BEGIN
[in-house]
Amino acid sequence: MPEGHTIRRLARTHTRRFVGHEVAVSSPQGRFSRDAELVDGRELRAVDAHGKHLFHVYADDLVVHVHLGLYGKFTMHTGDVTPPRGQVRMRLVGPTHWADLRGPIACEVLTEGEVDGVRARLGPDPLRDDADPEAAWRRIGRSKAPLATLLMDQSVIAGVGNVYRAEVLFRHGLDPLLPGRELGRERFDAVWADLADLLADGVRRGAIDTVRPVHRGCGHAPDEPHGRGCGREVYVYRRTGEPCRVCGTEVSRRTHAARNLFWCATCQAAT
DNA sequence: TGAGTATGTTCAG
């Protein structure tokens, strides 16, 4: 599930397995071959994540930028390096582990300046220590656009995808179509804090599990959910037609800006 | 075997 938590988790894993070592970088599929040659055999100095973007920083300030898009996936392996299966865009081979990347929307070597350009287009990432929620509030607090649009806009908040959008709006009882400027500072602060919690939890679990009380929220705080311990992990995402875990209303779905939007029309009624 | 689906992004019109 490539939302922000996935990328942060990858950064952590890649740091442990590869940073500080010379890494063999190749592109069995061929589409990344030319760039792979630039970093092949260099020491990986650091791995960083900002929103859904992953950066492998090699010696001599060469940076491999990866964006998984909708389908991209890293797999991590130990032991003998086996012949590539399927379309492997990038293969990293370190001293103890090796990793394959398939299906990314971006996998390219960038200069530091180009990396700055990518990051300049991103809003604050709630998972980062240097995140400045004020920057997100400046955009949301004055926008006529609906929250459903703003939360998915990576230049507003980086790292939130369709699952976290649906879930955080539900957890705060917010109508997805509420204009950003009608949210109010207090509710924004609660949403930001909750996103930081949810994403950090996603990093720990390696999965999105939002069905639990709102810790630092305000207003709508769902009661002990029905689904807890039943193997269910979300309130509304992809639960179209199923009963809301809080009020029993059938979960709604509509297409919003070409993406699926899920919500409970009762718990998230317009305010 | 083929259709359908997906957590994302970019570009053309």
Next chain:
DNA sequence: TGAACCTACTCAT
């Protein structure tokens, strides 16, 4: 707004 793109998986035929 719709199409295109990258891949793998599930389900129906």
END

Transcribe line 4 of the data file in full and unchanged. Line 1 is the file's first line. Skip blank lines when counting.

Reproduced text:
């Protein structure tokens, strides 16, 4: 599930397995071959994540930028390096582990300046220590656009995808179509804090599990959910037609800006 | 075997 938590988790894993070592970088599929040659055999100095973007920083300030898009996936392996299966865009081979990347929307070597350009287009990432929620509030607090649009806009908040959008709006009882400027500072602060919690939890679990009380929220705080311990992990995402875990209303779905939007029309009624 | 689906992004019109 490539939302922000996935990328942060990858950064952590890649740091442990590869940073500080010379890494063999190749592109069995061929589409990344030319760039792979630039970093092949260099020491990986650091791995960083900002929103859904992953950066492998090699010696001599060469940076491999990866964006998984909708389908991209890293797999991590130990032991003998086996012949590539399927379309492997990038293969990293370190001293103890090796990793394959398939299906990314971006996998390219960038200069530091180009990396700055990518990051300049991103809003604050709630998972980062240097995140400045004020920057997100400046955009949301004055926008006529609906929250459903703003939360998915990576230049507003980086790292939130369709699952976290649906879930955080539900957890705060917010109508997805509420204009950003009608949210109010207090509710924004609660949403930001909750996103930081949810994403950090996603990093720990390696999965999105939002069905639990709102810790630092305000207003709508769902009661002990029905689904807890039943193997269910979300309130509304992809639960179209199923009963809301809080009020029993059938979960709604509509297409919003070409993406699926899920919500409970009762718990998230317009305010 | 083929259709359908997906957590994302970019570009053309």